SN: That was never my approach. Getting awards or accolades are a byproduct of performing well, and performing is a byproduct of your approach and your preparation, so I tried to stay process-oriented. Constantly refining and being super diligent in my training —that’s a process goal. Getting an MVP or performing is an outcome of process. Without the process, there’s no positive outcome, or your potential isn’t realized.

Of course, you have an ego, you hear everyone else talk about it. Those things seep into your mind, and the ego says, “yes I want it!” But the reality is staying process-oriented. You let those thoughts come in, you let those thoughts go away. And you go back to process, process, process.

A big part of that is valuing your team above all else. When your values or goals are centered around the group, it takes the pressure off you indirectly because you’re busy worrying about the process of the group to create a good outcome. I knew if I sat on an accolade, it would be a surefire way to go down a level or two instead of getting back to what I know works, what I know has taken me places, and helps me fit into my team in a happy and healthy way.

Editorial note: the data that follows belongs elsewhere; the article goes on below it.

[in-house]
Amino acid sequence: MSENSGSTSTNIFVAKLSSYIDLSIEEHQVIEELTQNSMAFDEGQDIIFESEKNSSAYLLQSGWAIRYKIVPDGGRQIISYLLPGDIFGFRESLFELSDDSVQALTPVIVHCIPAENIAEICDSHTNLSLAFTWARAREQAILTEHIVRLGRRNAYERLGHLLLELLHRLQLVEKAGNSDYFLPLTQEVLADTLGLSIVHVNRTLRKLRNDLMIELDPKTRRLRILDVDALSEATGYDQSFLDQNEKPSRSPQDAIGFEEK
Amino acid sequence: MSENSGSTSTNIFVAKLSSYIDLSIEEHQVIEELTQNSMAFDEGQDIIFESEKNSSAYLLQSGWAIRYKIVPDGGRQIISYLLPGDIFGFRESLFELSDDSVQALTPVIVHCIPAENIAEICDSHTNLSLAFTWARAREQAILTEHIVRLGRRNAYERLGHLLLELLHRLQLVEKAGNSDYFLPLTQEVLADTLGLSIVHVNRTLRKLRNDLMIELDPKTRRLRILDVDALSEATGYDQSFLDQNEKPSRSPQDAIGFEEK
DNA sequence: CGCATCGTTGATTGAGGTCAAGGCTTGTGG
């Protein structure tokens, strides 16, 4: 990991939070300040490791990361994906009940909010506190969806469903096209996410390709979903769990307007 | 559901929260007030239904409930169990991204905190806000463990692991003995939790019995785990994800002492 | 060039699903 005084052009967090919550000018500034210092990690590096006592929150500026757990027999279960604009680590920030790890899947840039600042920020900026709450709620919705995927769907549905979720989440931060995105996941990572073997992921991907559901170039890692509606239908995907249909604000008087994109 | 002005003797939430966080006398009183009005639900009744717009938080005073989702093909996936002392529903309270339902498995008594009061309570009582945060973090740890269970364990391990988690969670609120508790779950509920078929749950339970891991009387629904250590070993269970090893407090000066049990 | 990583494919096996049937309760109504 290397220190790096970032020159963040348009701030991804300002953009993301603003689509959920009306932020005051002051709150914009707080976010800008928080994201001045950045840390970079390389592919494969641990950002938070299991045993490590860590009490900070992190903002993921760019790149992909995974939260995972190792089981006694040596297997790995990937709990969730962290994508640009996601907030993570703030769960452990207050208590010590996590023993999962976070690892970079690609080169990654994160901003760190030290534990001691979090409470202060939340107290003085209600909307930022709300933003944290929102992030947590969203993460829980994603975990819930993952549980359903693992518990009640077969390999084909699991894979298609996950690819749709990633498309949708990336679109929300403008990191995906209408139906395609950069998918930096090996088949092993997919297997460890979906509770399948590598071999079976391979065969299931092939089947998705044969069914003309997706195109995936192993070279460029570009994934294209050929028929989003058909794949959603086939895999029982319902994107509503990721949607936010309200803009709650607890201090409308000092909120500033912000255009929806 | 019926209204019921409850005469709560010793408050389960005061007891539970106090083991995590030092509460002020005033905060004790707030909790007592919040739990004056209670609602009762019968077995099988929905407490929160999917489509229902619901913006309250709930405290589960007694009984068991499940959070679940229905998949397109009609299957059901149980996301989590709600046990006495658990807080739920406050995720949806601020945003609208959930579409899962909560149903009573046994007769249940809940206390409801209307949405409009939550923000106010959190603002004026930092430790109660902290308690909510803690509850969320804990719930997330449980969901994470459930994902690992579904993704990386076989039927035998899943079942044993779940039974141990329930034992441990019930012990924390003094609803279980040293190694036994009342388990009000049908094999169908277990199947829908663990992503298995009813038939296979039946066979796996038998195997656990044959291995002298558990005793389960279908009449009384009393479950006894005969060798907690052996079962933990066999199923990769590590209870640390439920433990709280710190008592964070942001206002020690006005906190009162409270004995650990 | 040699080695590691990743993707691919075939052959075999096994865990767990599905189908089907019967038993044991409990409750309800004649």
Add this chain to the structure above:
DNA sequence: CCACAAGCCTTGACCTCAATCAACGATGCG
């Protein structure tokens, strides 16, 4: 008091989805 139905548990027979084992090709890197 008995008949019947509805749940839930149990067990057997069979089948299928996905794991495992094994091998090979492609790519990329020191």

working with teammates

LS: So was that same process and focus on team and the holistic sense of wellbeing what allowed you to last 18 years in the NBA when the average career is 5 years?

SN: Eighteen versus five looks phenomenal but I think the numbers are swayed. I did play longer than most people and that definitely starts with a passion and a love for the game, because with a gratefulness for what you’re doing, you’ll make the sacrifice. You want to put in those extra hours in the off season. When you play 82-100+ games in a season, you could totally cut corners wherever you want, whether it’s eating or sleeping or what have you. It’s about the cumulative effect over the course of the season that can keep your performancing improving.

Gaining momentum makes things easier, but it takes a while to get that momentum. It sounds funny to say, but most of the time after practice you’re like, “I don’t wanna sit in the cold tub, I wanna go home.” But you’re gonna sit in the cold tub, because you’re committed to this. You’re gonna do it. You’re gonna do it tomorrow, you’re gonna do it the next day, you’re gonna do the same with your shooting, your sleep, your diet, everything — and you’re gonna keep doing it.

That’s a big commitment, and it takes a lot of resilience to stay there, but it’s also a beautiful place to be once you’re there.

Kelton Wright

Kelton Wright is the Editorial Director of Movement and Sport at Headspace. She is a published author, an avid cyclist, and a slow but enthusiastic trail runner. You can find her on Instagram and Twitter at @keltonwrites.